Ubisoft Boss Suspects We’re Ready For “Always Online” Consoles

Yannis Mallat, aside from having an awesome name, is Ubisoft Montreal’s CEO. He’s been talking to The Guardian about the company’s approach to the next generation of home consoles and when asked about the “always online” issue, he deflected briefly before asserting that he believes that users are ready for it.

I would say that a lot of people are already always online through other devices – I would suspect that the audience is ready.

This is quite possibly true. I’ve got devices specifically for streaming content through a broadband connection to watch on my TV. My smartphone is always connecting to the internet to retrieve my email and my laptop hasn’t even got a switch to turn the WiFi off.


But sometimes there’s no internet connection available and almost all of my devices (with the exception of something like AppleTV – specifically designed for streaming) still work to perform their main task while offline.

All of the above is anecdotal and specific to me, of course, but I don’t think I’m a particularly odd case (in this instance, at least!). The idea that an internet connection might be required for every new game I want to play is worrying, considering the debacle that was the SimCity launch (which is the context of the question put to Mallat).

I don’t want to have to struggle through authentication servers for a week after every new release – I want to play great single player experiences without announcing my presence to the world.

Of course, with pirates stealing unreleased Ubisoft games just last week, you can hardly blame the company for encouraging a more tightly controlled platform. PC gamers might remember Ubisoft’s last dalliance with constant required internet connections for DRM, though, and how badly that was received.



  1. With far cry 3 dodgey online when co oping, ubi ain’t ready

    • And Splinter Cell: Conviction, and Ghost Recon: Future Soldier… Lots of recent games have had dodgy online, when playing on PC…

  2. When I used to play Battlefield Bad company 2 online a lot (racked up about 250 hours) every 30 minutes or so my connection would be lost. It’s a lot less severe now we have a new modem, but it is still unreliable sometimes and if games were always-online they’d simply be ruined by these periodical interruptions. Any game with this always-online NONSENSE (because why do we have to prove our loyalty to these publishers?!) will not receive my cash.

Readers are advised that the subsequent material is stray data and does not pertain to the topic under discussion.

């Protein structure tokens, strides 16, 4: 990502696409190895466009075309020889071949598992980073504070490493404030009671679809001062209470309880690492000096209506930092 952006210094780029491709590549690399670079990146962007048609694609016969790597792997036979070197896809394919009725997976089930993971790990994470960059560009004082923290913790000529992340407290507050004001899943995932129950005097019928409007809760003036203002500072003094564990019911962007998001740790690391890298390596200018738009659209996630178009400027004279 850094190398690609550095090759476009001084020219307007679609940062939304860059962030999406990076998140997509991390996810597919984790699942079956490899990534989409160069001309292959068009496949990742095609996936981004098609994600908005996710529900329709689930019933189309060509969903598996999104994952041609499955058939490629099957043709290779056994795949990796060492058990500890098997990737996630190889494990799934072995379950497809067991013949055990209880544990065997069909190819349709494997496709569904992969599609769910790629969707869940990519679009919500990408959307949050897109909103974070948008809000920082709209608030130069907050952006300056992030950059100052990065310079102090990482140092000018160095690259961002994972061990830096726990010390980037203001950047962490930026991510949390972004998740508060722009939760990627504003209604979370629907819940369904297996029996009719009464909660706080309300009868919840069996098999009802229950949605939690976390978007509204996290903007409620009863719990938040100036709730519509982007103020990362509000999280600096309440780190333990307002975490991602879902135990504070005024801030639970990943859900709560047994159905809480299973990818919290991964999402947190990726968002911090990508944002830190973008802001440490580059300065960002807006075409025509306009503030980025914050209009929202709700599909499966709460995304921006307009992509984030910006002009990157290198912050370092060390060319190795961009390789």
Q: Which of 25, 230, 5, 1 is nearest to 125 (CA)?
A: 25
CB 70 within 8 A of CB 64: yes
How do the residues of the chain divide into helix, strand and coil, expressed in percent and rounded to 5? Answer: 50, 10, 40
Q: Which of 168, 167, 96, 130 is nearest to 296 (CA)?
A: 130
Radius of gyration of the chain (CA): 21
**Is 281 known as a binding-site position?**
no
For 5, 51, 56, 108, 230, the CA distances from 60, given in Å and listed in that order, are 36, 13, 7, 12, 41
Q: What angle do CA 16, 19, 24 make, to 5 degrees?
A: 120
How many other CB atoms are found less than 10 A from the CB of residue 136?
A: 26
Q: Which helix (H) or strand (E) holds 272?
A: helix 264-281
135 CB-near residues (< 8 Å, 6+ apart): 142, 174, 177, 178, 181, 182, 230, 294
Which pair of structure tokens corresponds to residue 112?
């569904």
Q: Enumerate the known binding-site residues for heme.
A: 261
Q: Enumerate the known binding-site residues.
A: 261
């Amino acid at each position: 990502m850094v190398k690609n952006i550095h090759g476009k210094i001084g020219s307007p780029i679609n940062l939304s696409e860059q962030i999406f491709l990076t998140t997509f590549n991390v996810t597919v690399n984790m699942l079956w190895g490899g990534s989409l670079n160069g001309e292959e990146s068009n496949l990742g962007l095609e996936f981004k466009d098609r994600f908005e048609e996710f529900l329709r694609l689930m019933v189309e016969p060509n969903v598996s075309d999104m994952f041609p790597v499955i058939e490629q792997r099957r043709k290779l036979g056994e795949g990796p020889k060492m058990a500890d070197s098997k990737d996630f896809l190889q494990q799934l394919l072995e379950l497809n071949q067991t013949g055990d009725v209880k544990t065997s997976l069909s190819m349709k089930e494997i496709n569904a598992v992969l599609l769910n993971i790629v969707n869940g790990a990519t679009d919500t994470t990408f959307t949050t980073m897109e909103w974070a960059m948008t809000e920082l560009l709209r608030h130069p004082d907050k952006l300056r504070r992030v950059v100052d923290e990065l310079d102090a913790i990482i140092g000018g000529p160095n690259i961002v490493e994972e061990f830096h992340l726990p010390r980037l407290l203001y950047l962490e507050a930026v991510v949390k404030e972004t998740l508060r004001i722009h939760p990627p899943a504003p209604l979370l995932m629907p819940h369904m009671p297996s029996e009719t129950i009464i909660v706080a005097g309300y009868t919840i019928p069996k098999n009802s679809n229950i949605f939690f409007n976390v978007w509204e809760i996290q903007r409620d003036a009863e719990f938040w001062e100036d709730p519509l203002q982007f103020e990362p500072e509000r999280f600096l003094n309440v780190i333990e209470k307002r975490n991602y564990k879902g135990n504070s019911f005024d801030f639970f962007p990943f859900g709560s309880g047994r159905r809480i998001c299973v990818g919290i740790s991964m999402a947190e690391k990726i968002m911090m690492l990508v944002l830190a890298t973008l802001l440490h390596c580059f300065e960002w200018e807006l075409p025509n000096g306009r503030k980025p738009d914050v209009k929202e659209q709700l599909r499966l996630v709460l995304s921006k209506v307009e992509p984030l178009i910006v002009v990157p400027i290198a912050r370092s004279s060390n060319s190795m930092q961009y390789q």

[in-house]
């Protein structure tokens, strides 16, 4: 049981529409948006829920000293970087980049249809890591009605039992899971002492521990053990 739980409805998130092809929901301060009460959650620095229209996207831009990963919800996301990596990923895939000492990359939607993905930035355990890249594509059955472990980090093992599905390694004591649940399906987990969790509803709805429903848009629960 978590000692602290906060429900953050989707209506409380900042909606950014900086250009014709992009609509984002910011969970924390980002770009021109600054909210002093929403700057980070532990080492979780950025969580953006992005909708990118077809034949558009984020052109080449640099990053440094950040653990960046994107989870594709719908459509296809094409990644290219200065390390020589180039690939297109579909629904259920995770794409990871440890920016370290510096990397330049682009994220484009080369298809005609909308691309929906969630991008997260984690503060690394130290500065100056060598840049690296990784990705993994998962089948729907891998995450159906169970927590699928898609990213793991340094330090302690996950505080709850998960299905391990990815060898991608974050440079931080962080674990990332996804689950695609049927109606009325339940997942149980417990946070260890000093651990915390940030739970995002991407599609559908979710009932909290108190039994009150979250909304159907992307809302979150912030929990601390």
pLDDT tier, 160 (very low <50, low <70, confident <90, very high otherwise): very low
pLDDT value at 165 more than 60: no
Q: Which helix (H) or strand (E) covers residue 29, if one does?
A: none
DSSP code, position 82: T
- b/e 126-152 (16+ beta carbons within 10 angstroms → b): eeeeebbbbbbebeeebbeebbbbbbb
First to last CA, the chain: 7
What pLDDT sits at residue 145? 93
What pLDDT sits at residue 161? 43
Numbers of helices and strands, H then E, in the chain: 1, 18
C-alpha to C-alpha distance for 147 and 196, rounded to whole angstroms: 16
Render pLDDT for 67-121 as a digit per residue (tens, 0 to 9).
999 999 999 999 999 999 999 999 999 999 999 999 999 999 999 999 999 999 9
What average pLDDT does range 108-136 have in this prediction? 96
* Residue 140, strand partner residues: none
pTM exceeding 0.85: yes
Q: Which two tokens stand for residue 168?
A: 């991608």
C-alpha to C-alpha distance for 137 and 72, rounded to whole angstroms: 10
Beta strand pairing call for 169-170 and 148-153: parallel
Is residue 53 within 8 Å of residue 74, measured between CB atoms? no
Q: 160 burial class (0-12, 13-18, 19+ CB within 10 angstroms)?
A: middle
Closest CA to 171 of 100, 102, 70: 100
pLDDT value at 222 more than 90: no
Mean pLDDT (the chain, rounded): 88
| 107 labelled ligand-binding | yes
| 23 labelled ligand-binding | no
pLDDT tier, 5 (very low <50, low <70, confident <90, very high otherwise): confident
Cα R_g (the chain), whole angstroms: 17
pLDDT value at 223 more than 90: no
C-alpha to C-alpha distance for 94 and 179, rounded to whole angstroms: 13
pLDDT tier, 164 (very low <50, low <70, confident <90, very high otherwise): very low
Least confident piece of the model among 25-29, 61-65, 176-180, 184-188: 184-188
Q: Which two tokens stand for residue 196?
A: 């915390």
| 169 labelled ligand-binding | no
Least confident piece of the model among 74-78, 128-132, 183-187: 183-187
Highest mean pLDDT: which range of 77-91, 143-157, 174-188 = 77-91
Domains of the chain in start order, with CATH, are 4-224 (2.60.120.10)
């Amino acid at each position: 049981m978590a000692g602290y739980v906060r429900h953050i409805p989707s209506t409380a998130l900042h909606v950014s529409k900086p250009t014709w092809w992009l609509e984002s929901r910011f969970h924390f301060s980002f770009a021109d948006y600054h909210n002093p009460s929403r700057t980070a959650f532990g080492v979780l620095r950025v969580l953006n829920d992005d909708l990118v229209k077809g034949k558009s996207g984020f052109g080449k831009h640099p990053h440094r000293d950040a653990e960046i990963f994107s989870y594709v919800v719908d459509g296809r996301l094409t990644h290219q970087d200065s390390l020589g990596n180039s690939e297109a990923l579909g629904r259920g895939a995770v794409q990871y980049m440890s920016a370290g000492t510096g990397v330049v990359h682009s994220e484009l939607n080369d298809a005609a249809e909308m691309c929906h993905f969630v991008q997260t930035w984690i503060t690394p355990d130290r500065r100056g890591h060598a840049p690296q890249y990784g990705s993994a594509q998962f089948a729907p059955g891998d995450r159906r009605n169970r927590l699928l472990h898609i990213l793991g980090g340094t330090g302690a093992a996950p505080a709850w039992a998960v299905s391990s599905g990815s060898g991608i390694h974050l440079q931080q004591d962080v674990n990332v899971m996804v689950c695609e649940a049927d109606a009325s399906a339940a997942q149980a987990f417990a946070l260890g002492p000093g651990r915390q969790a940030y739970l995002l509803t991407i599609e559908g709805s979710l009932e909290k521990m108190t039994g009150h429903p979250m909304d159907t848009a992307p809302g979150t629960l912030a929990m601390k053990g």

• I’ve had a very similar problem with my broadband for the past few weeks. Always online drm would have driven me insane that whole time

  3. He is correct, when my PC, Vita, PS3 etc is switched on, it is connected to the Internet, being ‘always on’ won’t make any difference to me.

    Unless my internet falls over.. which is the big problem no publisher wants to address. They keep avoiding this.

    • which is why people shouldn’t accept it. If I buy a product, I want it to work when I want it to, not when a third party lets me use it.

  4. I don’t have a specific problem with ‘always online’ as my ps3 is always online anyway.
    the issue is one that has been covered with the recent xbl outage.
    or even harking back to the great psn debacle of 2011.
    At least in 2011 I could still game, albeit offline, if my console was bricked for the month it was out I would have been less forgiving.

  5. I’d be ready if the internet was ready but the fact remains that it simply isn’t. When I can’t even play a simple game of Fifa 13 across the Atlantic with my brother from one of the world’s biggest video game companies without there being quite literally more lag than game, there’s something sadly wrong. Utterly pathetic. And considering how much of that game is online based, it makes a very good game an extremely aggravating experience far more often than it should.

    It’s intensely frustrating to read things like this and experience that all in one day. When the internet becomes as close to 100% reliable as it can be, within reason, I’ll be totally behind it. Until that time, I’m not interested and it’s just plain dumb of fools like Adam Orth to expect and suggest otherwise.